Sephardic Jouney: Wanderings of the Spanish Jews

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COMPOSERS: Traditional Sephardic songs and chant; plus works by Rossi Hebreo
ALBUM TITLE: Sephardic Jouney: Wanderings of the Spanish Jews
WORKS: Traditional Sephardic songs and chant; plus works by Rossi Hebreo
PERFORMER: Nell Snaidas (soprano), Karim Sulayman (tenor), Jeffrey Strauss (baritone); Apollo’s Singers; Apollo’s Fire/Jeannette Sorrell


In strictly musical terms, this record enters a field which is already well-tilled thanks to Jordi Savall’s numerous forays. But where Savall is weak – his scrupulously multi-faith approach results in a very predictable mix, and his programme books give hardly any musicological information – Jeannette Sorrell and co are strong: for me at least, their liner-notes have been revelatory.

Taking their cue from the fact that the Jewish people’s enforced wanderings led them via Spain to Turkey and Italy, Sorrell and her musicians have chosen music coloured by those countries, but their most interesting focus is on what Jewish composers did in Renaissance Italy, and in particular on the activities of Salamone Rossi (1570-1630). This virtuoso violinist, a court musician with the Duke of Mantua, is best known in the West for his pioneering compositions in the trio sonata form, but his extracurricular achievement was no less remarkable: a collection of sacred Jewish music in the Baroque style – 33 hymns and psalms set polyphonically. And it was he who first defied the puritanical rabbinical ban on instrumental music in Italian synagogues.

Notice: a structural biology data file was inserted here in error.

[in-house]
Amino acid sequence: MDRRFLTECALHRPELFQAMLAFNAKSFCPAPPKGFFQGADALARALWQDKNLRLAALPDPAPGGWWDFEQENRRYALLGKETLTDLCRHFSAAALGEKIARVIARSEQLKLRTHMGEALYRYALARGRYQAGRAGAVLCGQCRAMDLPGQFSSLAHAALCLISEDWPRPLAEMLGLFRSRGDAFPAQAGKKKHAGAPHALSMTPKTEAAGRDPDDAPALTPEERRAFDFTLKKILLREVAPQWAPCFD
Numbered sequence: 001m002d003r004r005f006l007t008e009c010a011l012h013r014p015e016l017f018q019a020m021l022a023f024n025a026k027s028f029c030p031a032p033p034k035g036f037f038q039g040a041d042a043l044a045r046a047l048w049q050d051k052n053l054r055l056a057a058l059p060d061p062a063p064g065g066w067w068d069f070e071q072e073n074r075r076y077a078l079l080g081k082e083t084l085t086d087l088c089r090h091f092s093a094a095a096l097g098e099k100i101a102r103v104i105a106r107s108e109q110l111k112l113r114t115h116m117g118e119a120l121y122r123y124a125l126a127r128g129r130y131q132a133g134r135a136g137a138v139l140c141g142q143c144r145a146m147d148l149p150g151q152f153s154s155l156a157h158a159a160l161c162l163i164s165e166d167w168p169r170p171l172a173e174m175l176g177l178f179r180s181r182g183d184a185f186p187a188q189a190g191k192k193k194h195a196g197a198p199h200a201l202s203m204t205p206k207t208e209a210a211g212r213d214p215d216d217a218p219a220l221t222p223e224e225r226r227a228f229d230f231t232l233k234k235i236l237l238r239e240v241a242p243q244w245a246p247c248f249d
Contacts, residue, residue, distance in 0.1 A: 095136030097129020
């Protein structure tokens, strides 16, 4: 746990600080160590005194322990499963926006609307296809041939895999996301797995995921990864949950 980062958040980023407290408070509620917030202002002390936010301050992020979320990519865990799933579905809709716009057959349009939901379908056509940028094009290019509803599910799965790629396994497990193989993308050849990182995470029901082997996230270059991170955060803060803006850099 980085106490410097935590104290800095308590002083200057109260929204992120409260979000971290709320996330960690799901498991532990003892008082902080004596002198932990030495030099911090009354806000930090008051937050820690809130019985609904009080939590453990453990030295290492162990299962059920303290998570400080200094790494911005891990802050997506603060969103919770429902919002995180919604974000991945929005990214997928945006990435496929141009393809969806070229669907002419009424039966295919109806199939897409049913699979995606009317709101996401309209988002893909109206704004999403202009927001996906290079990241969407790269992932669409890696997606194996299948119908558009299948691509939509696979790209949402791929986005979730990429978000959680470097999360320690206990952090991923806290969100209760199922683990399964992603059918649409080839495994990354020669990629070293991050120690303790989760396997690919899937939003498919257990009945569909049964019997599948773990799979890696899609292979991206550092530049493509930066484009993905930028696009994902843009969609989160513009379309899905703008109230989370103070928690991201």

This CD is the recording of a popular stage show by Apollo’s Fire, and it follows a convivially theatrical arc. The soloists and instrumentalists are first-class, and Sorrell’s arrangements are full of zip and colour. Some of Rossi’s instrumental works could have been written by Monteverdi, and one of his Sabbath choral settings has strong affinities with Gabrieli; but the accompaniment on oud and dulcimer of other songs – many for feasts and celebrations – is quintessentially Middle-Eastern.


Michael Church